FIG. 5a illustrates another embodiment of a self-regulating transformer 22 embodying the invention wherein the return paths for magnetic flux lines linking either primary winding sections 22a and 22b or the secondary winding collectively illustrated by the winding 22c is substantially in air rather than in magnetizable material. FIG. 5b is the exploded perspective view of the transformer structure of FIG. 5a, without windings.
In FIGS. 5a and 5b, primary winding sections 22a and 22b are wound around the upper portion of a hollow, cylindrical, plastic bobin 422 and secondary winding 22c is wound around the lower portion. Bobbin 422 is open at the top to receive ferrite core pieces 322a, b, c and closed at the bottom by an enlarged base portion 422a, used for mounting transformer 22 in the power supply chassis.
The solid cylindrical ferrite core piece 322b is the first core piece inserted in bobbin 422 and is located within winding 22c. Next to be inserted is a saturating core slab of ferrite 322c. No turn of any of the windings 22a-22c is wound around the saturating core slab 322c. Last to be inserted is a solid cylindrical piece of ferrite material, core section 322a, located within primary winding sections 22a and 22b. The transformer arrangement of FIGS. 5a and 5b has the advantage of compact design and relatively small total volume of core material.
FIG. 6 illustrates an alternate arrangement, partially in schematic, of a self-regulating saturating core transformer embodying the invention, wherein conventional clamping techniques may be used to mount the assembled transformer to the power supply chassis. In the transformer 22 of FIG. 6, the core 222 comprises two C-core pieces 522a and 522b and two rectangularly cross-sectioned thin slabs 522c and 522d. Plastic tubes 622 are provided that have an inner diameter slightly larger than the outer diameter of the legs of the C-core pieces 522a and 522b. Primary winding sections 22a and 22b are wound around one end of one of the plastic tubes 622; the secondary output windings, such as winding 22c, are wound around the other end of the same tube.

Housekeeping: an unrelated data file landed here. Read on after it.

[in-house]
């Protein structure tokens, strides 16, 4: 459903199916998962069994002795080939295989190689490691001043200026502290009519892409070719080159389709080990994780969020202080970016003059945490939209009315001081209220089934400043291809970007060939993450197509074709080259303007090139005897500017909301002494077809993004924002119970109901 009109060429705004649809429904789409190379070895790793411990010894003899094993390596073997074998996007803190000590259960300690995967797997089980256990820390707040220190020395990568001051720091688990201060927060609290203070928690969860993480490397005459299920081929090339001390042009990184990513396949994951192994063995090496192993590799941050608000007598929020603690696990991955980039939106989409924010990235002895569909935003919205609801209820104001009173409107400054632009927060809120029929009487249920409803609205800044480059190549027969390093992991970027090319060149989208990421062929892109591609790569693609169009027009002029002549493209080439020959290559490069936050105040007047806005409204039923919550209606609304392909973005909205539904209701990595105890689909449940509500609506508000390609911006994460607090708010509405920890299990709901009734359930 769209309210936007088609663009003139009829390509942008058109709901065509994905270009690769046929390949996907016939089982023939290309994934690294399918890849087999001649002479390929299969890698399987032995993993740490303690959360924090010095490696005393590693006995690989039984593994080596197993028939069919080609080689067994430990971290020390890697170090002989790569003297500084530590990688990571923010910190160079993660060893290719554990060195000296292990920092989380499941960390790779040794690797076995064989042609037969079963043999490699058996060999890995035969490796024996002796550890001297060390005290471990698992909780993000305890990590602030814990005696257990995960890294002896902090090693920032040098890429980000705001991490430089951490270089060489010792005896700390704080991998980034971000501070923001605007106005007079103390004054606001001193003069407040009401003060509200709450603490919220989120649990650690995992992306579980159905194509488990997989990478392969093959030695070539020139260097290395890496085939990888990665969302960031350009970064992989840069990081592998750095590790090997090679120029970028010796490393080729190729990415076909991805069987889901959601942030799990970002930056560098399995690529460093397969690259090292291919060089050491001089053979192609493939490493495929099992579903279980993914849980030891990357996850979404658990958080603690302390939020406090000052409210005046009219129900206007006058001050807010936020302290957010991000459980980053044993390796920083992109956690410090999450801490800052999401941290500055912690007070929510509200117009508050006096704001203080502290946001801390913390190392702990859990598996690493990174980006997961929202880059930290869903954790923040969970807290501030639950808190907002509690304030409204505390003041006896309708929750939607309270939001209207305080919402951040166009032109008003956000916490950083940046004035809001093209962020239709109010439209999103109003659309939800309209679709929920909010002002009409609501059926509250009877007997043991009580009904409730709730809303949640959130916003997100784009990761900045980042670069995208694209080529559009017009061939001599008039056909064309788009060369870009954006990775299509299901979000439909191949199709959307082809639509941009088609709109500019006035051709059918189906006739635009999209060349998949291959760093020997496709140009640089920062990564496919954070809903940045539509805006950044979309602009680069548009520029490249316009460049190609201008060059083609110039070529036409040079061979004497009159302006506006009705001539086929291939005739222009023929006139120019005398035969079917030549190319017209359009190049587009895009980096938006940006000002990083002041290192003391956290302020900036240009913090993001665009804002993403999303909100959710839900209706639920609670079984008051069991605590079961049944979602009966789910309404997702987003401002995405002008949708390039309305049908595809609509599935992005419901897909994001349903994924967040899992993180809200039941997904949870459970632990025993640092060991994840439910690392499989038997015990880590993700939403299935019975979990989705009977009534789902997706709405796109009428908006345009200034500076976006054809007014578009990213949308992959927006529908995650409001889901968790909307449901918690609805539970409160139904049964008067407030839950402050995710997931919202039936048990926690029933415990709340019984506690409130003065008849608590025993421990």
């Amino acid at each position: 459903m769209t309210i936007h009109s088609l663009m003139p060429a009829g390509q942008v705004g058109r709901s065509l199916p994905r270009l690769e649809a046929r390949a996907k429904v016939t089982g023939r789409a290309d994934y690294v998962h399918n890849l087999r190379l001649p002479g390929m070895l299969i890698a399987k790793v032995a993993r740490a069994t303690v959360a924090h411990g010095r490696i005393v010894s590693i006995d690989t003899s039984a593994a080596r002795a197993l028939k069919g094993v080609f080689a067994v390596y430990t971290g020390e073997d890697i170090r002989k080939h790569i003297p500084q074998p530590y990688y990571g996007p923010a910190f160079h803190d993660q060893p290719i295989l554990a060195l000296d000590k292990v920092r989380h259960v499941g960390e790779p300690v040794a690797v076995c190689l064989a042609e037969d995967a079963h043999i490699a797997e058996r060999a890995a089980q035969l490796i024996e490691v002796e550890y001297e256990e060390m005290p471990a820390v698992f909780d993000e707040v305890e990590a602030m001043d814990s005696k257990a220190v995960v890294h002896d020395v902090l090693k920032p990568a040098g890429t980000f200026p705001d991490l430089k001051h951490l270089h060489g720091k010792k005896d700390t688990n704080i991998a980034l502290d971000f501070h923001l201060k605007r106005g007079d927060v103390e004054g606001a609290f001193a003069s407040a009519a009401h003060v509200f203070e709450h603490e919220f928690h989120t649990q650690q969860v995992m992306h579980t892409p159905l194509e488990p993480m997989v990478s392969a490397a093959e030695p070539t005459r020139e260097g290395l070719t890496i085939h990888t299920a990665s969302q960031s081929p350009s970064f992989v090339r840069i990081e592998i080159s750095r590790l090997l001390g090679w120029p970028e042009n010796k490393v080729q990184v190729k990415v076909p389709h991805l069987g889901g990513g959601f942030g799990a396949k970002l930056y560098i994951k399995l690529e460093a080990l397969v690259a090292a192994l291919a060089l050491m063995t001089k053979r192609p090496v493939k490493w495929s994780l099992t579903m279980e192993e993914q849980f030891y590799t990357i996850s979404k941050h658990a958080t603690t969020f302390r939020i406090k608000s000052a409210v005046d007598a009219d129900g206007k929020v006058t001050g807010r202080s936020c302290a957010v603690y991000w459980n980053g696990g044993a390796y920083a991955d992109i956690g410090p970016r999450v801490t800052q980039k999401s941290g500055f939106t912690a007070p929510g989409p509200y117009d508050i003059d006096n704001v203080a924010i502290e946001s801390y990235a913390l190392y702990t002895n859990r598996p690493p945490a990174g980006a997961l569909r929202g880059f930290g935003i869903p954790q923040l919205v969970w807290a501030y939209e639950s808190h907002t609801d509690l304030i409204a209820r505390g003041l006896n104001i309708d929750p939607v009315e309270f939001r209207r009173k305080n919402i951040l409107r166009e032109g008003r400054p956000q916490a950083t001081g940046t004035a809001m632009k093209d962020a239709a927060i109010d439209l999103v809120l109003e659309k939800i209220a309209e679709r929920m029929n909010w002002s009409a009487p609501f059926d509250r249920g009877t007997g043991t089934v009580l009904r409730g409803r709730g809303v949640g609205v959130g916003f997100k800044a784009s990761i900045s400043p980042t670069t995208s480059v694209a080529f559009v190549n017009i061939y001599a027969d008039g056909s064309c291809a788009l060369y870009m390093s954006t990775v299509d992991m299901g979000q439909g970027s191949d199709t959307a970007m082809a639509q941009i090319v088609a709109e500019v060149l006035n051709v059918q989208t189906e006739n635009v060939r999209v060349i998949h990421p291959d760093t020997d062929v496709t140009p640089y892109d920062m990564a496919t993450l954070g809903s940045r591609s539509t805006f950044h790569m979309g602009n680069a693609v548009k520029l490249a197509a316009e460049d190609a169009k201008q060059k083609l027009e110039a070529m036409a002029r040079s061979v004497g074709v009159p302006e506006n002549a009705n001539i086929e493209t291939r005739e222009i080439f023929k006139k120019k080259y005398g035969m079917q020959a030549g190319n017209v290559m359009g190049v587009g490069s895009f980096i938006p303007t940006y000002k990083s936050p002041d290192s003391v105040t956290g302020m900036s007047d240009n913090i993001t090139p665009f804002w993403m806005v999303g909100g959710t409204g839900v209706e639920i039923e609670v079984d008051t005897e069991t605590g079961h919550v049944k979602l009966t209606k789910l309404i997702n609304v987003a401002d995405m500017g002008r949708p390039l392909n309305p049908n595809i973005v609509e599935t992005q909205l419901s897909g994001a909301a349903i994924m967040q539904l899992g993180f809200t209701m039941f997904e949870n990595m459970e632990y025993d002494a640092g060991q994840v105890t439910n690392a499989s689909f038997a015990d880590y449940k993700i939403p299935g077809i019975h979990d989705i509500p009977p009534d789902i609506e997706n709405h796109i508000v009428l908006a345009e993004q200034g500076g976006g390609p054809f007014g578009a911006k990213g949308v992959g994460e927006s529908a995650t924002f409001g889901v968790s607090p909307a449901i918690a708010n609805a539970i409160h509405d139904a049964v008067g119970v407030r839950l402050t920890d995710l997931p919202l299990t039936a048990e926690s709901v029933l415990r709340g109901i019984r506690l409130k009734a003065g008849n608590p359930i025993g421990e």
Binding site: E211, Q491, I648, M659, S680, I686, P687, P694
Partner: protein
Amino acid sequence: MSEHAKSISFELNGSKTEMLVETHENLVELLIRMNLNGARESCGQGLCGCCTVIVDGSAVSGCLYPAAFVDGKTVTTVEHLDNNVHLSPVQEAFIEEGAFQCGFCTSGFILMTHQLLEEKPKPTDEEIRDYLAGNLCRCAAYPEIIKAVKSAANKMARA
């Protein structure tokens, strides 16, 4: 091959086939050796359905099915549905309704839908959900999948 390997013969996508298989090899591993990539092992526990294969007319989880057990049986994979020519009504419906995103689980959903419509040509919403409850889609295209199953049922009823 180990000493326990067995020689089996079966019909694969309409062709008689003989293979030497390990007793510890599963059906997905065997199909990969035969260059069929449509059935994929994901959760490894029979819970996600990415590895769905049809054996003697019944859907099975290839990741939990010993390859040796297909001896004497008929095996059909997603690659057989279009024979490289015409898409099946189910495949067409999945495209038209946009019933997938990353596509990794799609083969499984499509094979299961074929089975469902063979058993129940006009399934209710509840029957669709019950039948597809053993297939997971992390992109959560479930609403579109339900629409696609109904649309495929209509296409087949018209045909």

The two plastic tubes 622 are then slid in place over respective legs of one of the C-core pieces; slabs 522c and 522d are then inserted into the respective tubes; and respective legs of the other C-core piece are then inserted into the tubes 622 from the opposite ends of the tubes. Such an arrangement makes for a mechanically rigid support and simple assembly.
Since the material of the saturating core slabs 522c and 522d is of relatively small volume, the temperature rise in the slabs during power supply warmup is relatively small. Because the temperature rise is relatively small, the voids in the plastic tubes around the slabs may be filled with epoxy to make the mechanical assembly even more rigid. Alternatively, if cooling of the slabs is desired, holes may be cut in the plastic tubes 622 at the slab locations for air circulation.
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|Citing Patent||Filing date||Publication date||Applicant||Title|
|US4800356 *||Mar 31, 1988||Jan 24, 1989||Eaton Corporation||Shunt transformer|
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|US8587399 *||Feb 6, 2012||Nov 19, 2013||Continental Control Systems, Llc||Split-core current transformer|
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|U.S. Classification||315/411, 348/730, 336/212|
|International Classification||H02M3/337, H01F29/14, G05F3/06|
|Cooperative Classification||H01F29/14, H01F2038/026, H02M3/3372, G05F3/06|
|European Classification||G05F3/06, H02M3/337B, H01F29/14|
|Feb 16, 1982||AS||Assignment|
Owner name: RCA CORPORATION, A CORP. OF DE.
Free format text: ASSIGNMENT OF ASSIGNORS INTEREST.;ASSIGNOR:WENDT, FRANK S.;REEL/FRAME:003974/0984
Effective date: 19820210
|Apr 12, 1988||REMI||Maintenance fee reminder mailed|
|Sep 11, 1988||LAPS||Lapse for failure to pay maintenance fees|
|Nov 29, 1988||FP||Expired due to failure to pay maintenance fee|
Effective date: 19880911